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#361156 - 03/08/08 08:38 PM Wait...I just want to make sure I understand [Re: starstrucklver]
Melody Offline
Carpal \'Tunnel

Registered: 06/03/04
Posts: 10102
Loc: California
I have no military background so I don't know all of the entitlements, etc. BAH is something regarding housing right? It is an allowance that is paid in order to pay rent for living off base? So since he is no longer married, he would not qualify and would move back onto the base and live for free?

I'm just speculating here, but I fail to see how the loss of BAH would affect his spousal support obligation. I mean, the housing allowance received is probably canceled out by the housing expense. So, if he moves back on base, yes, technically his income goes down because he would not receive the housing allowance; however, he would also have no corresponding housing expense....wouldn't it be a wash? I don't know if the courts would look at it that way, but an argument could be made to the effect that his net disposable income would not change. He could certainly try to get a reduction based on lower income though, but I would expect a smart attorney to use this argument to counter it.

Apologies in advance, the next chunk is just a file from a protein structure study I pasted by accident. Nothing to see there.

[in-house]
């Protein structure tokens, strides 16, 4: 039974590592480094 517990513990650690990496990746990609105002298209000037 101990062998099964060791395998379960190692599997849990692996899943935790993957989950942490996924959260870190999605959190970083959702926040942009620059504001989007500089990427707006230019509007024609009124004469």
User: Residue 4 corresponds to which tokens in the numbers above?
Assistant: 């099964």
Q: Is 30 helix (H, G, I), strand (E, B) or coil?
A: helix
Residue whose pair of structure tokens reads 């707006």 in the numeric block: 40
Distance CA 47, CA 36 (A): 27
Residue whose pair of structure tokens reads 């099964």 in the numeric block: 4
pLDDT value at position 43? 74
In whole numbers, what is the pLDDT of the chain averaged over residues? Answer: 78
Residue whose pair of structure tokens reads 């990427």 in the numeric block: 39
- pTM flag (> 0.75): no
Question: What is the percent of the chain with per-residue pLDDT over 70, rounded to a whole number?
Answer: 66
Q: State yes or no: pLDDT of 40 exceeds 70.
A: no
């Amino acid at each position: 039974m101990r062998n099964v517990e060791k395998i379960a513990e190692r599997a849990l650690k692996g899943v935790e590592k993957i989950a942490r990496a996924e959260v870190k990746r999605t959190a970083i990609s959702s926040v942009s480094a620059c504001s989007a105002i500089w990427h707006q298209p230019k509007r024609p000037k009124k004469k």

Also, I'm confused about the fraud. What fraud would you be trying to show?

As for the fees...it's not based on incomes...but it's based upon who brought the action against the other party and was the action reasonable and did the instigator prevail (win). People could earn the exact same income, but if they are involved in litigation they could still be awarded attorney's fees if they win their case. Don't be so confident over that....it's not based upon need.

As for cinder's question....it certainly does seem rather interesting that a man whose divorce was only final in January already has a fiancee....it makes one wonder if there was something going on before the divorce.